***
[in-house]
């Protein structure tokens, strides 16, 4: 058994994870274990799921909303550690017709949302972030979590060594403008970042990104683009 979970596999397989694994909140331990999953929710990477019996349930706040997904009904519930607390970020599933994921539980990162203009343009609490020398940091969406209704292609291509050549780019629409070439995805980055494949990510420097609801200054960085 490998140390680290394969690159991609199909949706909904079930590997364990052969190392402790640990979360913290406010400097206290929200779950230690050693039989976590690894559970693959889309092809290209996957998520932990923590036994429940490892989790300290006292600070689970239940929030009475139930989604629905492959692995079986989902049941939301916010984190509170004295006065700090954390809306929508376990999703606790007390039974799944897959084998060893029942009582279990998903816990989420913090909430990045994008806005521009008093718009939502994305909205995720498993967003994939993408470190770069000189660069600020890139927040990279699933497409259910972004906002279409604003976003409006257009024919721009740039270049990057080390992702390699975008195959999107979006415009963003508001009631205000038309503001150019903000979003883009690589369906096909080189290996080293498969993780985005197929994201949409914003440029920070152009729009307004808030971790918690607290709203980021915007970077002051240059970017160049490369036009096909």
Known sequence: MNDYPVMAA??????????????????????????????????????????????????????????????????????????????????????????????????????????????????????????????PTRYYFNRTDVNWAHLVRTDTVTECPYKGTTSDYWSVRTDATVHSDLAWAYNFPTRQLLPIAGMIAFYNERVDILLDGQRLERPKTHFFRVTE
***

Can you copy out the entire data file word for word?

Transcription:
[in-house]
């Protein structure tokens, strides 16, 4: 058994994870274990799921909303550690017709949302972030979590060594403008970042990104683009 979970596999397989694994909140331990999953929710990477019996349930706040997904009904519930607390970020599933994921539980990162203009343009609490020398940091969406209704292609291509050549780019629409070439995805980055494949990510420097609801200054960085 490998140390680290394969690159991609199909949706909904079930590997364990052969190392402790640990979360913290406010400097206290929200779950230690050693039989976590690894559970693959889309092809290209996957998520932990923590036994429940490892989790300290006292600070689970239940929030009475139930989604629905492959692995079986989902049941939301916010984190509170004295006065700090954390809306929508376990999703606790007390039974799944897959084998060893029942009582279990998903816990989420913090909430990045994008806005521009008093718009939502994305909205995720498993967003994939993408470190770069000189660069600020890139927040990279699933497409259910972004906002279409604003976003409006257009024919721009740039270049990057080390992702390699975008195959999107979006415009963003508001009631205000038309503001150019903000979003883009690589369906096909080189290996080293498969993780985005197929994201949409914003440029920070152009729009307004808030971790918690607290709203980021915007970077002051240059970017160049490369036009096909």
Known sequence: MNDYPVMAA??????????????????????????????????????????????????????????????????????????????????????????????????????????????????????????????PTRYYFNRTDVNWAHLVRTDTVTECPYKGTTSDYWSVRTDATVHSDLAWAYNFPTRQLLPIAGMIAFYNERVDILLDGQRLERPKTHFFRVTE